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Friday, October 23, 2015

Throwback and Move Forward

For some who use social media, today is Throwback Thursday, a day when they  post photos from the past on their Facebook page to enlighten viewers of today. In a way, today's post has a similar objective. Although I retired from SUNY college several years ago, relevant teaching skills still abide in my mind.  Presently, I am creating a curriculum strategy, one I encouraged my college students to use during their practicum as student teachers.

This one has a personal goal. My book, THE  RED COCKADE, is a historical novel, intended for ages 12  and up, or young adults. The story takes place in the year 1776 as struggles begin for the farmers of Cow Neck, Long Island, when British soldiers occupy Long Island and New York. Fourteen -year- old Joseph Onderdonk yearns to join the Continental army with his friend, Martin Freer, but his father refuses to allow it. Vignettes of Martin's soldiering life are interspersed with Joseph's struggle to help the Patriot cause. His loyalty is tested when his father in imprisoned  for tyranny against the crown.

I have a plan to correlate Language Arts with History as Middle school students read The Red Cockade. I have chosen topics to use that are woven into the action and narrative of  the book. The topics students could research and write stories about are: The Great Fire in New York in 1776, Spies in the Colonies, and Prison Ships during the Revolution.

Conflicts of loyalty and trust that Joseph experiences are still identifiable by today's readers, and it is my hope that the true characters and exciting events in my book will inspire a real identity with the past. This prompts me to donate the number of Red Cockade Ebooks needed in the classroom to make my goal a reality. Hopefully, it will be an experience to help students move forward with  the knowledge of our nation's beginning. I have witnessed too many of today's youth, and adults who have little knowledge of The American Revolution or the  founding fathers of our nation. Perhaps this experience will help.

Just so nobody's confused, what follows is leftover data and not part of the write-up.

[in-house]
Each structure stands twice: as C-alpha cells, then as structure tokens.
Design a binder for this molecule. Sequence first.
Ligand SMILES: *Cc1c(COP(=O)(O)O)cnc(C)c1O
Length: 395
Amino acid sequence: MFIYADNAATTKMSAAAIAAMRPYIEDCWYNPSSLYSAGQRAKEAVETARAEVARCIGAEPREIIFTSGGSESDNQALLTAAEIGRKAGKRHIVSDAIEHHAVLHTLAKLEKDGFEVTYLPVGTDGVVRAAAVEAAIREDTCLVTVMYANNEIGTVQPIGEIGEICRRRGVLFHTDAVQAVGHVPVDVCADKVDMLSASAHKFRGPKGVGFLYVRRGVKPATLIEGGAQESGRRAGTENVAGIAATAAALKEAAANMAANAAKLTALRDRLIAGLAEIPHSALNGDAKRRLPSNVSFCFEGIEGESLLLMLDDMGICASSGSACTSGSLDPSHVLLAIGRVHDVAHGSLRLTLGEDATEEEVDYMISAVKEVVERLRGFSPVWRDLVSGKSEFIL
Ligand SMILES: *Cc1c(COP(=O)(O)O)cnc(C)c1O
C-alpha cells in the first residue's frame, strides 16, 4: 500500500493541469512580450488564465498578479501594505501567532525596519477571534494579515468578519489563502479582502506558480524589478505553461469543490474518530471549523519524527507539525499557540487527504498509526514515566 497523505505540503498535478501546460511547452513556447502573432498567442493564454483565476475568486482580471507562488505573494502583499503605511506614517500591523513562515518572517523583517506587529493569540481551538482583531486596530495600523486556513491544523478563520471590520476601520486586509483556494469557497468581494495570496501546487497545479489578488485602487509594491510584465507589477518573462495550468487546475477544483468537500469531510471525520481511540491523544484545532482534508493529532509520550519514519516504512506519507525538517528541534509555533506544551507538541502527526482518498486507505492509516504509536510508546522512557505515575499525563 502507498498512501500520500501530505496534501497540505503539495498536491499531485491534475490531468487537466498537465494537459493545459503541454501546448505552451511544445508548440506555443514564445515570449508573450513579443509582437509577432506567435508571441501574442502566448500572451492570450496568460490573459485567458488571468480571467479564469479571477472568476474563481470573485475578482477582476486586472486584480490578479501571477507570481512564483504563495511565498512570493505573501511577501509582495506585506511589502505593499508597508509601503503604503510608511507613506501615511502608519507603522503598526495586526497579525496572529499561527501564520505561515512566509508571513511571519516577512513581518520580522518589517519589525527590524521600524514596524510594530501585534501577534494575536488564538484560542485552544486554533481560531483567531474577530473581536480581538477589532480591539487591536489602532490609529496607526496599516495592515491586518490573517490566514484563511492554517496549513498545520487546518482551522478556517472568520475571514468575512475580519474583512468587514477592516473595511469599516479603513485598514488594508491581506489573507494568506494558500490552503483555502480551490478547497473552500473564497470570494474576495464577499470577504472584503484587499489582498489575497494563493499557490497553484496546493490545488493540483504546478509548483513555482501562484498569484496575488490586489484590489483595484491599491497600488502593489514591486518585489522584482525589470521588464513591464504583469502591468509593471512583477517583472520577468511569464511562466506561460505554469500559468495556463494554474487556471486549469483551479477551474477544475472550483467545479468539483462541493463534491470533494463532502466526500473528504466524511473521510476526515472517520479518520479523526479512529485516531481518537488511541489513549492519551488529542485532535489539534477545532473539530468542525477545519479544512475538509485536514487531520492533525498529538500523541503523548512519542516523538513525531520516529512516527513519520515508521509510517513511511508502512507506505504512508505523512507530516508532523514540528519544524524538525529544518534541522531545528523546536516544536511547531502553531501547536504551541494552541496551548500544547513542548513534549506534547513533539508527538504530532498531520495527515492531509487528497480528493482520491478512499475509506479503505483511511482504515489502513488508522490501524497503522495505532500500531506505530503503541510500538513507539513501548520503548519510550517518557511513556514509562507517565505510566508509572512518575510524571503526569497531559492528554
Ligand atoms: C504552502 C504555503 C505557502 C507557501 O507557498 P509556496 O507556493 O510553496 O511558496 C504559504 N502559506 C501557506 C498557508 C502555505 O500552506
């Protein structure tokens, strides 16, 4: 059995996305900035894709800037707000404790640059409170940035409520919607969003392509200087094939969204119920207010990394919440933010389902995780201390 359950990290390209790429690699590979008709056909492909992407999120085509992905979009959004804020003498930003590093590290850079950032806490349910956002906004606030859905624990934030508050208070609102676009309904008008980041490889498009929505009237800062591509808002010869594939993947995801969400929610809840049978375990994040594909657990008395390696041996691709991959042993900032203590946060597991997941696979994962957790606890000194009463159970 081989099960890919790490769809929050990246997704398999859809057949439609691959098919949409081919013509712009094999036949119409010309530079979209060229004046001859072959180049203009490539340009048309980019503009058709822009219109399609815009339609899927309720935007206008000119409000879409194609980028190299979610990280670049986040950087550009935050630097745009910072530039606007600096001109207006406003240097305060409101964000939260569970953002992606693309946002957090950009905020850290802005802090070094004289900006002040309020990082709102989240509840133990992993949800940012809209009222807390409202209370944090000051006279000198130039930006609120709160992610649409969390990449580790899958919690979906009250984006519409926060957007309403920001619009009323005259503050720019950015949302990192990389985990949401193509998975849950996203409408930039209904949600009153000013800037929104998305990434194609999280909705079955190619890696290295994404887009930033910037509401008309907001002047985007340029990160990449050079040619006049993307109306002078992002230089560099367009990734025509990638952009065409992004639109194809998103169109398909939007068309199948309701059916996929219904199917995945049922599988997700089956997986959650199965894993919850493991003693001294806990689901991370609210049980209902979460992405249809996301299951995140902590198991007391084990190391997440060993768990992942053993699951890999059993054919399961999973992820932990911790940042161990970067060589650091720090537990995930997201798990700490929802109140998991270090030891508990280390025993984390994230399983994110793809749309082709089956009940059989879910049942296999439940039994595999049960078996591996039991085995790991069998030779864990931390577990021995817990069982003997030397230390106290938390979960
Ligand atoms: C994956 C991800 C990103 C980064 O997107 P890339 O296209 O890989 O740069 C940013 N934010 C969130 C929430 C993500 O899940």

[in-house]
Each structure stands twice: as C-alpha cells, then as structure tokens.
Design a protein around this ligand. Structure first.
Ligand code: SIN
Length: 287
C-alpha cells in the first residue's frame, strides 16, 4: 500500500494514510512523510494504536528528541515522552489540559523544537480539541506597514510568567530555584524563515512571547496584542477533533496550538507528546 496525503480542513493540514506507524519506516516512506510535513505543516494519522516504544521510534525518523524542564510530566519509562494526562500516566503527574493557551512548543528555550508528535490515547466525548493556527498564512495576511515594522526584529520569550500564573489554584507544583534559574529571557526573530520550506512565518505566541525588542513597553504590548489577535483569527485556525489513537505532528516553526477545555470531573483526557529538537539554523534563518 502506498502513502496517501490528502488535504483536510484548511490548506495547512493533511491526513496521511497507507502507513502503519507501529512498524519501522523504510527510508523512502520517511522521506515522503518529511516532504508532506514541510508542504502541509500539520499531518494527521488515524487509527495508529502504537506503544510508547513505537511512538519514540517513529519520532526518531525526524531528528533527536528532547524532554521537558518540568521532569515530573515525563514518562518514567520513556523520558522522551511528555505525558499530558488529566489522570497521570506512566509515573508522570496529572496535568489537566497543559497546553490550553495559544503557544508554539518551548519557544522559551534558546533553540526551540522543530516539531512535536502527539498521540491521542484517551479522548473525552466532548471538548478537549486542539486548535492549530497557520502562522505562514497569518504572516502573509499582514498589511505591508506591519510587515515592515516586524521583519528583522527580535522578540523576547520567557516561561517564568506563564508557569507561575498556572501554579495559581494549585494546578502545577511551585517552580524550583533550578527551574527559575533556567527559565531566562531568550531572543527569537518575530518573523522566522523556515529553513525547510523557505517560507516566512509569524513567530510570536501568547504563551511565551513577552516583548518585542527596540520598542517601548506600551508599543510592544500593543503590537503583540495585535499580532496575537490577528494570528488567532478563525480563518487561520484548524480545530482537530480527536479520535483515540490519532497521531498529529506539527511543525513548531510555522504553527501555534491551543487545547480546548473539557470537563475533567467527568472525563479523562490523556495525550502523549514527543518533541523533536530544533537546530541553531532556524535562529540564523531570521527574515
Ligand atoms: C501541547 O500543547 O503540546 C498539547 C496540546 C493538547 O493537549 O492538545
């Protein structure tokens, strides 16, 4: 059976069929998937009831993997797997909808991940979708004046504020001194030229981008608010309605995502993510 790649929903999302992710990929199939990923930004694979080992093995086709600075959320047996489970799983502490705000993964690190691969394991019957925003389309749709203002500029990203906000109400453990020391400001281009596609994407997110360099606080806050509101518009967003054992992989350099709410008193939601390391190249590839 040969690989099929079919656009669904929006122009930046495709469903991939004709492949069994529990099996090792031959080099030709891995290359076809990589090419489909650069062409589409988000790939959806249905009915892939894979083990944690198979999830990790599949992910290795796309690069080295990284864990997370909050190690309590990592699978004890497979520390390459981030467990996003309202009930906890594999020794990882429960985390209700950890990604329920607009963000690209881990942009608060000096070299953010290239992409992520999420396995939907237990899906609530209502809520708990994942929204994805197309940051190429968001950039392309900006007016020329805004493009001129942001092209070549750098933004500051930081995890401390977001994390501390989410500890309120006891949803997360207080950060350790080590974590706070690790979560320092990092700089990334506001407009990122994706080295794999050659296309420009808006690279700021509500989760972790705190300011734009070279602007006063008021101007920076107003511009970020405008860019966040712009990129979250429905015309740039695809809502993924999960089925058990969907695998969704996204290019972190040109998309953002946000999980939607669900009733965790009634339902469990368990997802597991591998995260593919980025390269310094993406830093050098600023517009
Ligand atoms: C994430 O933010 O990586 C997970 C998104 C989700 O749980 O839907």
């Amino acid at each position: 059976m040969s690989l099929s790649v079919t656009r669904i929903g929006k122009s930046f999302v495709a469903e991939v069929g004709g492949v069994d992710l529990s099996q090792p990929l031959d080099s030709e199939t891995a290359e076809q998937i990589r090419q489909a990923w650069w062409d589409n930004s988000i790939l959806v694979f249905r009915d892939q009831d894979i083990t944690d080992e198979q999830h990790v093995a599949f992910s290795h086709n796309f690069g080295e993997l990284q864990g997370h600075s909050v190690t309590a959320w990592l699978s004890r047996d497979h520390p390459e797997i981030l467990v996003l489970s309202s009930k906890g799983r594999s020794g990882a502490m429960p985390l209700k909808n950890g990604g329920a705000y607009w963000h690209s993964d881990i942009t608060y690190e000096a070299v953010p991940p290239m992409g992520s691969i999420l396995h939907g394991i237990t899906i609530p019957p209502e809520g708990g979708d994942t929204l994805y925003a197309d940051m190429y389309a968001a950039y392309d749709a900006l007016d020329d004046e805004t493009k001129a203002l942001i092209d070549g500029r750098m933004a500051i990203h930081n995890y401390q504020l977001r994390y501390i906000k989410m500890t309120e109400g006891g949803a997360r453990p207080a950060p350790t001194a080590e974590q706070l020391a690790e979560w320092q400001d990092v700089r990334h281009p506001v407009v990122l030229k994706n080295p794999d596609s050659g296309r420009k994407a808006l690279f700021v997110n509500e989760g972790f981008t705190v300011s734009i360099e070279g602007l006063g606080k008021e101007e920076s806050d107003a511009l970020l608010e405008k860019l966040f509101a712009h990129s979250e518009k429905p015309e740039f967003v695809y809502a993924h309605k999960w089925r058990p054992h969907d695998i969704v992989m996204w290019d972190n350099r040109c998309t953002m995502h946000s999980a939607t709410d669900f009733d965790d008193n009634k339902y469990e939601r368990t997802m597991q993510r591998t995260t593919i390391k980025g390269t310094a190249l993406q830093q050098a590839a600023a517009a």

3 comments:

Jacqueline Seewald said...

Hi, Mary,

Like you, I love the Revolutionary War era and the literature of those times. I also enjoy the historical novels written about that era.
I believe teens should be learning more about the history of the nation. One excellent way is through historical novels that provide a sense of the period and people living then.

Mary F. Schoenecker Writes said...

I'm glad to hear that our likes and thoughts are so similar, Jacquie. I hope my plan will be considered, even if I need to publish it as a paperback, it will be a happy project.

Pamela S Thibodeaux said...

I was never a History person..but I did/do love a great historical novel!
Good luck and God's blessings.
PamT